Orff: Carmina Burana

Our rating 
4.0 out of 5 star rating 4.0

WORKS: Carmina Burana
PERFORMER: Patricia Petibon (soprano), Hans-Werner Bunz (tenor), Christian Gerhaher (baritone); Tölz Boys Choir; Bavarian Radio Chorus & SO/Daniel Harding


Much is made in the PR releases for this new CD of conductor Daniel Harding’s ‘lean, modern’ approach to Orff’s most popular work. It’s certainly a notably tight and disciplined performance, perhaps a little matter-of-fact in the opening two movements, though I like the way that Harding gets precision in the difficult choral staccato rhythms without being irritatingly punctilious.
Impressive, too, is the rapt account of ‘Veris leta facies’ as spring awakens, a draft of melancholy wafting through the forest.

Christian Gerhaher is quality casting in the baritone solos, but phrases fussily in ‘Omnia Sol temperat’, rolling his Rs with irksome relish. Passages of precarious pitching and unruly vibrato also mar Patricia Petibon’s soprano contributions. The choir is excellent throughout, though Harding will irritate some by eschewing anything too obviously bacchanalian in their delivery. T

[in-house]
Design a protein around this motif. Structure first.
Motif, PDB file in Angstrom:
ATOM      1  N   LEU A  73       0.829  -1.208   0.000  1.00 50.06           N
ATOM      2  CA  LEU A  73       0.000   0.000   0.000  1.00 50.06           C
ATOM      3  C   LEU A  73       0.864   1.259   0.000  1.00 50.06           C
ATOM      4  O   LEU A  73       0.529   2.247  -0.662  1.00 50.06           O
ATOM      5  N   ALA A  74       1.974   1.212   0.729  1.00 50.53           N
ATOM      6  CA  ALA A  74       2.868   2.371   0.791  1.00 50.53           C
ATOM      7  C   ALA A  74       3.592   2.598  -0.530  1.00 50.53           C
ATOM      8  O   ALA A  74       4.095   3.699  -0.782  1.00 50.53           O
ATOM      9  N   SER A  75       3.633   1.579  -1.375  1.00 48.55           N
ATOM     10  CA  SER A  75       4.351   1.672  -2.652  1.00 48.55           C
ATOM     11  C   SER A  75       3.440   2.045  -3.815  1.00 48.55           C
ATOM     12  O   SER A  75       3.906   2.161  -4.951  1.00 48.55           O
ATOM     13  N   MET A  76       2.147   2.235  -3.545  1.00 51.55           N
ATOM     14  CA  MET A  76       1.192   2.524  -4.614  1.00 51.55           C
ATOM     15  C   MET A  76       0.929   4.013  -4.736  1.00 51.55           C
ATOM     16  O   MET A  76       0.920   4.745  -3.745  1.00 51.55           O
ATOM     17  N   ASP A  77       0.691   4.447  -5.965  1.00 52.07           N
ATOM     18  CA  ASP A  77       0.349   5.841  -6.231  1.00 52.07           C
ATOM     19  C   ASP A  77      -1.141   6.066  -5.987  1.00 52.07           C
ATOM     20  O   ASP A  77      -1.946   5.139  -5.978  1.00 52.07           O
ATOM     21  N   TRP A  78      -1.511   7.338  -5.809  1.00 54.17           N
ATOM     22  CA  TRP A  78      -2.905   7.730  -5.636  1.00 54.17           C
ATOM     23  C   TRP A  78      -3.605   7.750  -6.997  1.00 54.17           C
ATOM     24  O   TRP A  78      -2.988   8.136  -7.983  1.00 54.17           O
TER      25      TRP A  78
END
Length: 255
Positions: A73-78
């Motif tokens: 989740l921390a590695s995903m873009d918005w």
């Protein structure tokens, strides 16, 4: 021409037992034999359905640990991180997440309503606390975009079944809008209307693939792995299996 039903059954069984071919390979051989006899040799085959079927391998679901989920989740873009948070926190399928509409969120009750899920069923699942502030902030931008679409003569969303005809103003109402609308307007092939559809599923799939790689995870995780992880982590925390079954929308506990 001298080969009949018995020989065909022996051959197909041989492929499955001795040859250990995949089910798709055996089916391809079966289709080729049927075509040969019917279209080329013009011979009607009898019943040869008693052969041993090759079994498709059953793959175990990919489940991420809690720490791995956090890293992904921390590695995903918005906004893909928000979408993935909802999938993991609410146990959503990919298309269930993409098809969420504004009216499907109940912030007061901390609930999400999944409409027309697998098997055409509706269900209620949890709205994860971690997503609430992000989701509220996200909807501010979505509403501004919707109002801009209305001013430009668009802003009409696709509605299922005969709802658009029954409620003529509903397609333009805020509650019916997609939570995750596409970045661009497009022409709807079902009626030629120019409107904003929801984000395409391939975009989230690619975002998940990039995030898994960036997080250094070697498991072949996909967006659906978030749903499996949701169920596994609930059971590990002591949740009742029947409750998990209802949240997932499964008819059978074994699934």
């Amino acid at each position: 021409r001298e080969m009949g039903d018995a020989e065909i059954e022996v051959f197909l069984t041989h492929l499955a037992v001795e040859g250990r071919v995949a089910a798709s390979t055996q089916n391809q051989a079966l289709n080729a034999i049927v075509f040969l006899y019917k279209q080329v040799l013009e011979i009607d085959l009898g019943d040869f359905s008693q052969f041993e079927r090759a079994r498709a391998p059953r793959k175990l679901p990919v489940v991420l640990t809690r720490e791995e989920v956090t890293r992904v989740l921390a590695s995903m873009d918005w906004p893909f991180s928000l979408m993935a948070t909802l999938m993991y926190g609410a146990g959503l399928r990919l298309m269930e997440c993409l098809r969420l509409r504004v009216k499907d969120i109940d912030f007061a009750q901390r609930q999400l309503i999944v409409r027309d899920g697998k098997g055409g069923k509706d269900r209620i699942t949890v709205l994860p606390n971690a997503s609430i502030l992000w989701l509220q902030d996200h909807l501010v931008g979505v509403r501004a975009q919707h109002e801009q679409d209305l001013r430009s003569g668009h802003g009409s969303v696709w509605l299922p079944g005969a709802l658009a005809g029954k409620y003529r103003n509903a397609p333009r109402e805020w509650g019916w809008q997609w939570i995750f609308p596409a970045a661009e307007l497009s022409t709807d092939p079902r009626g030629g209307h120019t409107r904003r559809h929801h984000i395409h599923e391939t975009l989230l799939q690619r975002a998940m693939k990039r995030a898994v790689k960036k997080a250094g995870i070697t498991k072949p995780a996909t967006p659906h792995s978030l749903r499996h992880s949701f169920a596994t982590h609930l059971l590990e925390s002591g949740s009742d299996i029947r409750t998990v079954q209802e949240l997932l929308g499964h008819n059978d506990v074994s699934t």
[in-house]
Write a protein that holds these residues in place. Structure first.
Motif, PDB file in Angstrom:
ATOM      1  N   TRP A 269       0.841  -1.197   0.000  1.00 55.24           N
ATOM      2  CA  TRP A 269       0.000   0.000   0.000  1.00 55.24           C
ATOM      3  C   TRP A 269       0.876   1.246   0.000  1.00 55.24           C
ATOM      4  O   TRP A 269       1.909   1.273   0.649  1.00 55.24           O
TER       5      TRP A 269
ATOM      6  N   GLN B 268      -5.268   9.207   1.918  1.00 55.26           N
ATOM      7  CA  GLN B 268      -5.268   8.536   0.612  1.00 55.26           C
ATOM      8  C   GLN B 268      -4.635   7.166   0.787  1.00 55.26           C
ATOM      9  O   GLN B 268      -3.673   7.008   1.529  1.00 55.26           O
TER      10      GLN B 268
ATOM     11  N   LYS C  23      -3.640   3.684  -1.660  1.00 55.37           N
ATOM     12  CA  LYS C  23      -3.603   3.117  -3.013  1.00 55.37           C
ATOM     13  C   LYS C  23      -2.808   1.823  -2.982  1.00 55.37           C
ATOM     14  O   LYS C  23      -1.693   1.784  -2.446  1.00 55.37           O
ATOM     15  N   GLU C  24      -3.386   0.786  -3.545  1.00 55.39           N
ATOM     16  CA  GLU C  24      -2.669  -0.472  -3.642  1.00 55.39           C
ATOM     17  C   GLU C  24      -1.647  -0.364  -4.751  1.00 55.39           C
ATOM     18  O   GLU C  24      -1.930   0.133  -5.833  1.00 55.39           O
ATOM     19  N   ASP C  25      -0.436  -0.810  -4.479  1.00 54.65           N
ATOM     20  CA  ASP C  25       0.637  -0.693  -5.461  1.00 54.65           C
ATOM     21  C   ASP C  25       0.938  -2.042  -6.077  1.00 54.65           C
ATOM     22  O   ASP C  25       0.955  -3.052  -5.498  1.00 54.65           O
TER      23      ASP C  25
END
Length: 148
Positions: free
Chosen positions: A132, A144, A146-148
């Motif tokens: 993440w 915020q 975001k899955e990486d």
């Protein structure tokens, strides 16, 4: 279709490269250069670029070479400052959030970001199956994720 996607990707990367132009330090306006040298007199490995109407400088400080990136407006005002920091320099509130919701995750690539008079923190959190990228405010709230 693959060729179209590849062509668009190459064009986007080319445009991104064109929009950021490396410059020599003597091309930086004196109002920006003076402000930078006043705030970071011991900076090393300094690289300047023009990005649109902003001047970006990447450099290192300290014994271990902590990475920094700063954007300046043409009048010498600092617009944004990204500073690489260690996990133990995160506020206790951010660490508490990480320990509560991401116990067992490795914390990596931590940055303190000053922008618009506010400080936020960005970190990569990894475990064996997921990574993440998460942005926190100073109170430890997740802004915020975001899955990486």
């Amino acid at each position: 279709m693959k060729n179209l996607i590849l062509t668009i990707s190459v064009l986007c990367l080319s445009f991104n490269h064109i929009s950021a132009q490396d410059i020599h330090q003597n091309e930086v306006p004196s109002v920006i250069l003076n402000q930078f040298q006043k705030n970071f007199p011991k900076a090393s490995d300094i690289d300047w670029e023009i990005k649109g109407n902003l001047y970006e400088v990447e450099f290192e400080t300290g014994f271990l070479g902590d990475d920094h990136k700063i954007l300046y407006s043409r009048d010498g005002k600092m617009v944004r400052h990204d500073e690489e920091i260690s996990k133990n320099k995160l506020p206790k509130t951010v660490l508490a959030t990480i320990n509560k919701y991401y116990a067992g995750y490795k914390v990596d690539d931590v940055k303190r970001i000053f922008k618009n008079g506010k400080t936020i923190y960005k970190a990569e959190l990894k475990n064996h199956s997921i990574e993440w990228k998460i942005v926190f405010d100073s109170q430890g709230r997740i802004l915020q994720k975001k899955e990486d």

he dances in ‘Uf dem anger’ are attractively springy and light-textured, with delightfully fresh-toned (if borderline prim) singing from the women’s voices. Harding secures fine orchestral playing too – the snap and thrum of plucked strings in ‘Swaz hie gat umbe’ is crisply projected.
The recorded sound is rather dry and airless, dulling some of the (live) performance’s impact. Turning the volume up fleshes it out a little. Overall this is a Carmina for those convinced the work is irredeemably vulgar: Harding finds a wider range of colour and refinement than almost any other conductor.
Those who like a stronger shot of medieval lustiness still have classic EMI recordings by either Rafael Frühbeck de Burgos or André Previn to turn to. Terry Blain